Friday, October 25, 2013

Discounted Cash Flows and Present Value

By Tim Dulaney, PhD, FRM and Tim Husson, PhD

When determining the value of a bond, you start by thinking about the cash flows you're expected to recieve and when those cash flows are expected to occur.   We've created the following illustration of a simple $1,000 face-value bond that pays annual interest payments (also known as coupons).

Coupon Rate: 
Term: 
For a year $1,000 face-value bond with an interest rate of , the total cash flow is .

The timing of the cashflows matters since obviously we'd prefer to have a dollar today than a dollar tomorrow.  The value today of a future payment today is called the present value of that payment.  We find the present value by discounting the future cash flow using a discount rate for an asset that matures at approximately the same time.    $$Present Value = {Cash Flow \over \left(1 + Discount Rate\right)^{Time}}$$ For example, if we use an interest rate of 3% to discount our cash flows, then a $30 coupon payment at the end of year one has a present value of $30/(1+3%) = $29.13. A $30 coupon payment at the end of year two has a present value of $30/((1+3%)*(1+3%)) = $28.28.  The total value of the bond is equal to the sum of the present values of the coupon payments.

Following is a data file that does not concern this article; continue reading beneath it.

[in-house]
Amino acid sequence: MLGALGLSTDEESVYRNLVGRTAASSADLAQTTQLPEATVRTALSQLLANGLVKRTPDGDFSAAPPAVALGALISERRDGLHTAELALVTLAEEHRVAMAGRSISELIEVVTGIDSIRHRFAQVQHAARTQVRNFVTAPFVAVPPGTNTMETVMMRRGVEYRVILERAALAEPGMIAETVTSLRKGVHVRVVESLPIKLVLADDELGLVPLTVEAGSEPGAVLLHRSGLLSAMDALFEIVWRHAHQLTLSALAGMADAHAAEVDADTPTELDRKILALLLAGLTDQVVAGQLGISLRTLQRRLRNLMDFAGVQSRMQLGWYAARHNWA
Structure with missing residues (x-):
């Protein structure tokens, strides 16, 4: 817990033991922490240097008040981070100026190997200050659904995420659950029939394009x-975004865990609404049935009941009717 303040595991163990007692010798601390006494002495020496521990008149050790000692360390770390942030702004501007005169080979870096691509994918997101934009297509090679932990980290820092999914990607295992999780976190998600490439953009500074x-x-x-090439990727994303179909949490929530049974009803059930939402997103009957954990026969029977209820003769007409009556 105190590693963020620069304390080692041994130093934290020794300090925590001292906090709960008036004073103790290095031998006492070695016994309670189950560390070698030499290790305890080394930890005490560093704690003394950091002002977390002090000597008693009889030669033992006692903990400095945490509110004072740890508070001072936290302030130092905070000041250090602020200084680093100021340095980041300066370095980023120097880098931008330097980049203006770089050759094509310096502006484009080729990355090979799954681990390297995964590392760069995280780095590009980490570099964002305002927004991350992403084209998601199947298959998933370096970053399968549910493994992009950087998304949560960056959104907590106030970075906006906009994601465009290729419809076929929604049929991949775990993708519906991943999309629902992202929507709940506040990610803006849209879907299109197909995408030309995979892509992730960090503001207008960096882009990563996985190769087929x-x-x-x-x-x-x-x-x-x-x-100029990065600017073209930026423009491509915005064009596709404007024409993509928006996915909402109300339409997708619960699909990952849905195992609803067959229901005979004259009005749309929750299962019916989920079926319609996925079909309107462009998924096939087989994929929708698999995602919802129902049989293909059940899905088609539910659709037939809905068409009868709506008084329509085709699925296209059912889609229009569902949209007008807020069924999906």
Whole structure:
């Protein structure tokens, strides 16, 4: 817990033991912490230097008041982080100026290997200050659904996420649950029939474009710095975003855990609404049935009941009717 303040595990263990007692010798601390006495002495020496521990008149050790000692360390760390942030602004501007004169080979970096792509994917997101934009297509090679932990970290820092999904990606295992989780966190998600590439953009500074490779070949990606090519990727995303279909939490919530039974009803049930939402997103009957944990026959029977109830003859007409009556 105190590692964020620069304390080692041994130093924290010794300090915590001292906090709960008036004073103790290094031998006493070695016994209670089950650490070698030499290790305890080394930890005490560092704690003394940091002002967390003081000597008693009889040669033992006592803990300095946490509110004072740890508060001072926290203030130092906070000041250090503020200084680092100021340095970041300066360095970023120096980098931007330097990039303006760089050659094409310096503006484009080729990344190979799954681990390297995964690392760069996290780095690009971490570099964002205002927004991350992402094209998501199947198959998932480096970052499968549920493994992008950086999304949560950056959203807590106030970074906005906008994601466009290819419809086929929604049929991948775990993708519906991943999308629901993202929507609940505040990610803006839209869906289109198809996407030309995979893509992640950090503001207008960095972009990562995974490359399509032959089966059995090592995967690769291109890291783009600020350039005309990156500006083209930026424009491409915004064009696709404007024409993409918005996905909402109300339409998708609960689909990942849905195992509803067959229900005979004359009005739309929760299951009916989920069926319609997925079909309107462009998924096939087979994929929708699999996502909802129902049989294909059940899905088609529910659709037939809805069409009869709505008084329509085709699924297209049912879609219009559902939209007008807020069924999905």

The present value of the payments an investor is expected to receive is dependent upon the interest rate with which those cash flows are discounted.  As the discount rate increases, the value of the payments (and therefore the value of the security) goes down.  As the discount rate decreases, the value of the payments goes up.

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